Charging that more people die of diabetes and preventable diseases in the Black community than of gunshot wounds and violence, two area pastors have joined a lawsuit against Coca Cola for being part of the problem.

(Courtesy Photo/Wikimedia Commons, Public Domain)

The Rev. Delman Coates, pastor of Mt. Ennon Baptist Church in Clinton Md., is part of a lawsuit that the Rev. William Lamar, pastor of Metropolitan African Methodist Episcopal Church filed in the D.C. Superior Court. The suit charges the sugar the company puts into its products is killing too many Blacks in the community.

“In the District of Columbia more people die of diabetic related illnesses than from murder, cancer, and AIDS combined,” Lamar told the AFRO.

Coates added that even with Coke’s history of philanthropy for decades in the Black community they don’t get a pass.

The Praxis Project, a nonprofit organization focused on building healthier communities, is also a party in the suit charging that despite scientifically established links between sugar drinks and obesity, Type 2 diabetes, and heart disease, the Coca-Cola Company continues to engage in deceptive practices in the marketing of its products to the Black community.

“This is about saving lives, this is not about sponsorships for a dinner,” said Coates referring to the fact that Coca-Cola has been a major sponsor of the annual Congressional Black Caucus Legislative Conference.

The lawsuit seeks an injunction under the District of Columbia’s Consumer Protection Procedures Act, to stop engaging in the deceptive marketing of sugar-sweetened drinks that can lead to obesity, Type 2 diabetes, or cardiovascular disease.

“I am the one who goes to the hospital room who presides over the planning and preparation of funerals in our congregation,” said Coates on a YouTube video produced by the Center for Science in the Public Interest.

From challenging BET’s owner over images and the portrayal of the Black Community to supporting the Maryland Marriage Equality measure, Coates, a Harvard and Yale trained pastor, has consistently embraced causes that others have shied away from. But in this battle, the question is how willing is he willing to be the David in a battle against a corporate giant like Coca-Cola?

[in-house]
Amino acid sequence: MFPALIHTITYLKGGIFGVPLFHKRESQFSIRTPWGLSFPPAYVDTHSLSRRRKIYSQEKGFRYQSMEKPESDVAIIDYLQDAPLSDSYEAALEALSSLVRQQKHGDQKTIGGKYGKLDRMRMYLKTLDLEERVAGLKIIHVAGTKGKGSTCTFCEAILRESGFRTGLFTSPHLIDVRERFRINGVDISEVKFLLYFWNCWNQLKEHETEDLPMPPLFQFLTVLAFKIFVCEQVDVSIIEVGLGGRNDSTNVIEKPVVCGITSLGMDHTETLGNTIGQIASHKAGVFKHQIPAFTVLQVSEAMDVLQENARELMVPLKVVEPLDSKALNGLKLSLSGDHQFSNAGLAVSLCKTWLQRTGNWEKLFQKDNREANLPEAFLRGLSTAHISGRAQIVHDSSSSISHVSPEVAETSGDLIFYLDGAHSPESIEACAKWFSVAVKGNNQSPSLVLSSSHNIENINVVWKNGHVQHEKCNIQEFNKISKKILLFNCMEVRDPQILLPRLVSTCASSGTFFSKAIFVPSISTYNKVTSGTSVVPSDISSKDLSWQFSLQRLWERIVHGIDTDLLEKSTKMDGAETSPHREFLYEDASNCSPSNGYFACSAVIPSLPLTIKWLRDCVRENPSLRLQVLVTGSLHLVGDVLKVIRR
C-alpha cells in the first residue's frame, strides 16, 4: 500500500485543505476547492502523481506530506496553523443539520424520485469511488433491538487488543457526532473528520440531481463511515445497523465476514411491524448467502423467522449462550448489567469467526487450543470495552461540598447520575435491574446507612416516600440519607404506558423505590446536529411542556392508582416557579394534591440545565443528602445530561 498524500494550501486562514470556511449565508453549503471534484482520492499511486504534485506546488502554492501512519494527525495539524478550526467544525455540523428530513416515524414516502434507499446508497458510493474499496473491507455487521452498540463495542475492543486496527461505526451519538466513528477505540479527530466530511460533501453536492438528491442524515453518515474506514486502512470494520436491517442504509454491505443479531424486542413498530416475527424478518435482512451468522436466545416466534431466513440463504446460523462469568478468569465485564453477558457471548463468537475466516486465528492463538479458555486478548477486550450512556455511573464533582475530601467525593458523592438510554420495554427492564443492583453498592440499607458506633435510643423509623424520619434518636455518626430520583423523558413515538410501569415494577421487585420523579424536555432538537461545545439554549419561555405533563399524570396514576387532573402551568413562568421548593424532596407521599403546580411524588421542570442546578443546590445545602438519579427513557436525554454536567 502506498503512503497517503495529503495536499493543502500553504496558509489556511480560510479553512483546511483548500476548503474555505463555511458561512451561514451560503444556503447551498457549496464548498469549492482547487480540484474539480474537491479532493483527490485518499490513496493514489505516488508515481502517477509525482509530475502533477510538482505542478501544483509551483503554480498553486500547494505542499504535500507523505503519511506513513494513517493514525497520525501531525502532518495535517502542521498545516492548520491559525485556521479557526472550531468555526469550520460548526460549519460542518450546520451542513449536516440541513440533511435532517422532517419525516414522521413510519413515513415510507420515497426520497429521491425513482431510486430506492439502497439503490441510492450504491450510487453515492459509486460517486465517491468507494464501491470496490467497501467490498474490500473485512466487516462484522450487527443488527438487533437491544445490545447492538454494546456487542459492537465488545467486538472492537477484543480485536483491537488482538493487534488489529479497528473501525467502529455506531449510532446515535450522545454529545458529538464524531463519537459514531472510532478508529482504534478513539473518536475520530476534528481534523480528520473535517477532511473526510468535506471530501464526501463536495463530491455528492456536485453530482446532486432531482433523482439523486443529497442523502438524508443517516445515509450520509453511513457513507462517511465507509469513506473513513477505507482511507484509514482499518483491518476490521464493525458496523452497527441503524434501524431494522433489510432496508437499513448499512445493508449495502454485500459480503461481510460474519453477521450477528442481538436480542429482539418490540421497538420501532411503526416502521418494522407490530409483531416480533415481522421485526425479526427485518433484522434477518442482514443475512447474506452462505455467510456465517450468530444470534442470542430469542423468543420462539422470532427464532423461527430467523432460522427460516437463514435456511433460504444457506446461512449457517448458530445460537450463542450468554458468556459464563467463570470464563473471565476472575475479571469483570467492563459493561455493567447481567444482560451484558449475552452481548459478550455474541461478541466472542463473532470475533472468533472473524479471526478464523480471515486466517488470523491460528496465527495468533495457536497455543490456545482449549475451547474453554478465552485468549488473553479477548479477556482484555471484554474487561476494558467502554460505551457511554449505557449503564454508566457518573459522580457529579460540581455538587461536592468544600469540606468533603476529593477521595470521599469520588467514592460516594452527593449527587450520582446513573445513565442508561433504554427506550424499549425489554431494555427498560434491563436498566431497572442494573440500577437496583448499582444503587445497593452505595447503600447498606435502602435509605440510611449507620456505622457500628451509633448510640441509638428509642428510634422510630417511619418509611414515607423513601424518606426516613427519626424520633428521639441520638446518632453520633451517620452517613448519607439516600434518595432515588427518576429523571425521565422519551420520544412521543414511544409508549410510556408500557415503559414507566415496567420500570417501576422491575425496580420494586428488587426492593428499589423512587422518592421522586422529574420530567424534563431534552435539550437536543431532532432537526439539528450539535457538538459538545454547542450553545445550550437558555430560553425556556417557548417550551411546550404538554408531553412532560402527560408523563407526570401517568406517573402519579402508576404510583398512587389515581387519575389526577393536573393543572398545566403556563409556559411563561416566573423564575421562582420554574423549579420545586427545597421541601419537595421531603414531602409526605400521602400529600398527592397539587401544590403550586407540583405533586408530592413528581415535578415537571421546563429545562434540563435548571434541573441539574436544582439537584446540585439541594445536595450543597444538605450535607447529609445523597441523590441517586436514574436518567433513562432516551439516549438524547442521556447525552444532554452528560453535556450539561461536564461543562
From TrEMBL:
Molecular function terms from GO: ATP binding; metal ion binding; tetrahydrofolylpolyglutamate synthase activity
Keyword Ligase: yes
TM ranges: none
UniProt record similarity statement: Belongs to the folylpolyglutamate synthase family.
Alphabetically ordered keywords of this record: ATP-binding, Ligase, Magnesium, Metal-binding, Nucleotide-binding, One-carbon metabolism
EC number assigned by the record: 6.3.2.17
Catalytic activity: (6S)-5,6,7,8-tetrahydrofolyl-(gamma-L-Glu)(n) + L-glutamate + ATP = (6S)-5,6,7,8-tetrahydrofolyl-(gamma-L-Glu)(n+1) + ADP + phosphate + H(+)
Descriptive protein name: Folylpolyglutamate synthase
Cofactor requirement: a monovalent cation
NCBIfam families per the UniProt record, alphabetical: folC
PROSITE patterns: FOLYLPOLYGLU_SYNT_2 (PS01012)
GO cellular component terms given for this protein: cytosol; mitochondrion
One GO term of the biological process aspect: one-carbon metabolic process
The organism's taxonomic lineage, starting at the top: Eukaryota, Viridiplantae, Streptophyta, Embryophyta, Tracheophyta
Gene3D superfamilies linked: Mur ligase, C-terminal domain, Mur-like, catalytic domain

The legal battle by the Praxis Project began in January when the group filed a 40-page lawsuit in California charging Coca-Cola and the American Beverage Association (ABA) engaged “in false and misleading marketing of sugar-sweetened beverages.”

In a response, the Coca-Cola company said, in a statement, that the lawsuit, was “legally and factually meritless” and said “we take our consumers and their health very seriously and have been on a journey to become a more credible and helpful partner in helping consumers manage their sugar consumption.”

Coates said he is in this lawsuit and the greater campaign to change mindsets in the Black community. “Everything that I have done has been for the long haul,” Coates said. “I’m looking for other pastors to raise awareness on the way we are losing lives due to false marketing because of companies like Coca-Cola. I’m hearing from pastors across the country who want to help our people practice for what we pray for.”

The Rev. Jerome Stephens, associate minister of the New Shiloh Baptist Church in Baltimore and director of community outreach for Sen. Ben Cardin (D-Md.), said that even though he was not familiar with the lawsuit or campaign, he planned to talk with Coates because “we need to look into a number of issues plaguing our communities.”